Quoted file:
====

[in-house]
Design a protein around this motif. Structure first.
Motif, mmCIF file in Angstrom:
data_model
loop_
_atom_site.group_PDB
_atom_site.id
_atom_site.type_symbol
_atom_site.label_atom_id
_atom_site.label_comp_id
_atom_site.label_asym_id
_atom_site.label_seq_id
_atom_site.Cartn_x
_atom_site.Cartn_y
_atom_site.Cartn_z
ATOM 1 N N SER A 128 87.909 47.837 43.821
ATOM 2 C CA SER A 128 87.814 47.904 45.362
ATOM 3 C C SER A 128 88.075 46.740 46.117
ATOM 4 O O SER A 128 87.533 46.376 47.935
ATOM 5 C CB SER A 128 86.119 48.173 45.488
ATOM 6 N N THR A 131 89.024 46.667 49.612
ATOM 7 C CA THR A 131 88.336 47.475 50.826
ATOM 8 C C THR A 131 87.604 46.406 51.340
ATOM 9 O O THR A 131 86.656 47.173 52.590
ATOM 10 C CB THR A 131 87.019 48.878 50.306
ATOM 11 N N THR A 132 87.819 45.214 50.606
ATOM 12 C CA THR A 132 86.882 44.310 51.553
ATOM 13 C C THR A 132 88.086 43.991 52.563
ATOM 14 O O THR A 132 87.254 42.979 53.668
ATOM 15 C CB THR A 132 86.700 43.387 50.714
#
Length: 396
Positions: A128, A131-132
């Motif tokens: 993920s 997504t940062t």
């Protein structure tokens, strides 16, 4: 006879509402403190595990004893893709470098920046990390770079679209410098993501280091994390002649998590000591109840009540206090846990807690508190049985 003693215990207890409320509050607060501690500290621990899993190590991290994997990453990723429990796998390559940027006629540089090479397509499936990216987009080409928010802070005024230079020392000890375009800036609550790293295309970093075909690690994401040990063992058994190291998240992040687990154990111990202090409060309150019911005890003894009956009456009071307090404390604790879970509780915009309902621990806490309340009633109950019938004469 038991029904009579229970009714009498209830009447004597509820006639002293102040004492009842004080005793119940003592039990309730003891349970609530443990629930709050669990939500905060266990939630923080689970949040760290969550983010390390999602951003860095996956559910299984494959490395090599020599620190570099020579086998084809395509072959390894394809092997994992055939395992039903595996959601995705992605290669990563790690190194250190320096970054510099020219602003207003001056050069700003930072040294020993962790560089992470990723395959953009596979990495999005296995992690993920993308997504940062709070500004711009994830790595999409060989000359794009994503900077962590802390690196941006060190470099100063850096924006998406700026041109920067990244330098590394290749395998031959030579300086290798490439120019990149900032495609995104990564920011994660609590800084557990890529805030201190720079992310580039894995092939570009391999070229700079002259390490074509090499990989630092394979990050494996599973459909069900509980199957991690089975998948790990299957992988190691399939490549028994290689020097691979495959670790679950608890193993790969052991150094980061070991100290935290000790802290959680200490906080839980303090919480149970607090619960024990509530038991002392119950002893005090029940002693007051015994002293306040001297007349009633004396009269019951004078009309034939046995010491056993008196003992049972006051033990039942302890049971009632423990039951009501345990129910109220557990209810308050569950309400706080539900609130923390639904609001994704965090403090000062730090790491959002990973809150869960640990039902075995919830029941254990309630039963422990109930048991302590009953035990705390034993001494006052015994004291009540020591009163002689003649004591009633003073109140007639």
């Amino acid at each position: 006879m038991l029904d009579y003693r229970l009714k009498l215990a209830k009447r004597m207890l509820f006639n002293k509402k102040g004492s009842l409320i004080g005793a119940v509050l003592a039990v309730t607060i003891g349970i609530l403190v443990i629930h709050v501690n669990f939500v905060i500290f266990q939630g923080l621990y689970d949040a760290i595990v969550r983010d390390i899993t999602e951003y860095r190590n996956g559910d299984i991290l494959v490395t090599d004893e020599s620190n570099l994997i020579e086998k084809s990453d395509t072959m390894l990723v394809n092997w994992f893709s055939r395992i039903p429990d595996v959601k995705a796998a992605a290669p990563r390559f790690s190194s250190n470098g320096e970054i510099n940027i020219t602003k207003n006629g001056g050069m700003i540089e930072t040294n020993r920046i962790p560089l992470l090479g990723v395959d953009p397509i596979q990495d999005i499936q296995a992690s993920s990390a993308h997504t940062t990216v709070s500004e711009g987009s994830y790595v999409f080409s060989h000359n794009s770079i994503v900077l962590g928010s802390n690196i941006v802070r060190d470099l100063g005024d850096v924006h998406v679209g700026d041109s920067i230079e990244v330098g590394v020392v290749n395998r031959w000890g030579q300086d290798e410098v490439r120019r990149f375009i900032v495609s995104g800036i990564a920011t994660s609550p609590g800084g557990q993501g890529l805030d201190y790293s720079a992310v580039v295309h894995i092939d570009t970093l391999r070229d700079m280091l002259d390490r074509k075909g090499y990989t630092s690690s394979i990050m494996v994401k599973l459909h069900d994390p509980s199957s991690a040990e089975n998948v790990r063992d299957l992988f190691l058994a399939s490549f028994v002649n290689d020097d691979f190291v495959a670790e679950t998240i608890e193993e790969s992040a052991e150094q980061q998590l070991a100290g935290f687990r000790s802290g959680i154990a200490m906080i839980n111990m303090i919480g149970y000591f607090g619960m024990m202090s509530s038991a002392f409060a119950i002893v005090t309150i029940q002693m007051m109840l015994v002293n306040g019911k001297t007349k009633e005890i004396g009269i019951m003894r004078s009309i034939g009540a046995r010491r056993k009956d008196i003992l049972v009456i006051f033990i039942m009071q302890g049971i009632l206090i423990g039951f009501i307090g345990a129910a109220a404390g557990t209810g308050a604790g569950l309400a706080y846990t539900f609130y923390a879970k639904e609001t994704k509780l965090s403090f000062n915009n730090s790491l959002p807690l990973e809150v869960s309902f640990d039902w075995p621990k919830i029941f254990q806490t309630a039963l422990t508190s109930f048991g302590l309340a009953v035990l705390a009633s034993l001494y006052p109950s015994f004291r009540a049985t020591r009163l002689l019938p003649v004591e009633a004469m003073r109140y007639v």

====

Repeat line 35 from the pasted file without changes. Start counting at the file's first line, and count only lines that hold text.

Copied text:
């Protein structure tokens, strides 16, 4: 006879509402403190595990004893893709470098920046990390770079679209410098993501280091994390002649998590000591109840009540206090846990807690508190049985 003693215990207890409320509050607060501690500290621990899993190590991290994997990453990723429990796998390559940027006629540089090479397509499936990216987009080409928010802070005024230079020392000890375009800036609550790293295309970093075909690690994401040990063992058994190291998240992040687990154990111990202090409060309150019911005890003894009956009456009071307090404390604790879970509780915009309902621990806490309340009633109950019938004469 038991029904009579229970009714009498209830009447004597509820006639002293102040004492009842004080005793119940003592039990309730003891349970609530443990629930709050669990939500905060266990939630923080689970949040760290969550983010390390999602951003860095996956559910299984494959490395090599020599620190570099020579086998084809395509072959390894394809092997994992055939395992039903595996959601995705992605290669990563790690190194250190320096970054510099020219602003207003001056050069700003930072040294020993962790560089992470990723395959953009596979990495999005296995992690993920993308997504940062709070500004711009994830790595999409060989000359794009994503900077962590802390690196941006060190470099100063850096924006998406700026041109920067990244330098590394290749395998031959030579300086290798490439120019990149900032495609995104990564920011994660609590800084557990890529805030201190720079992310580039894995092939570009391999070229700079002259390490074509090499990989630092394979990050494996599973459909069900509980199957991690089975998948790990299957992988190691399939490549028994290689020097691979495959670790679950608890193993790969052991150094980061070991100290935290000790802290959680200490906080839980303090919480149970607090619960024990509530038991002392119950002893005090029940002693007051015994002293306040001297007349009633004396009269019951004078009309034939046995010491056993008196003992049972006051033990039942302890049971009632423990039951009501345990129910109220557990209810308050569950309400706080539900609130923390639904609001994704965090403090000062730090790491959002990973809150869960640990039902075995919830029941254990309630039963422990109930048991302590009953035990705390034993001494006052015994004291009540020591009163002689003649004591009633003073109140007639």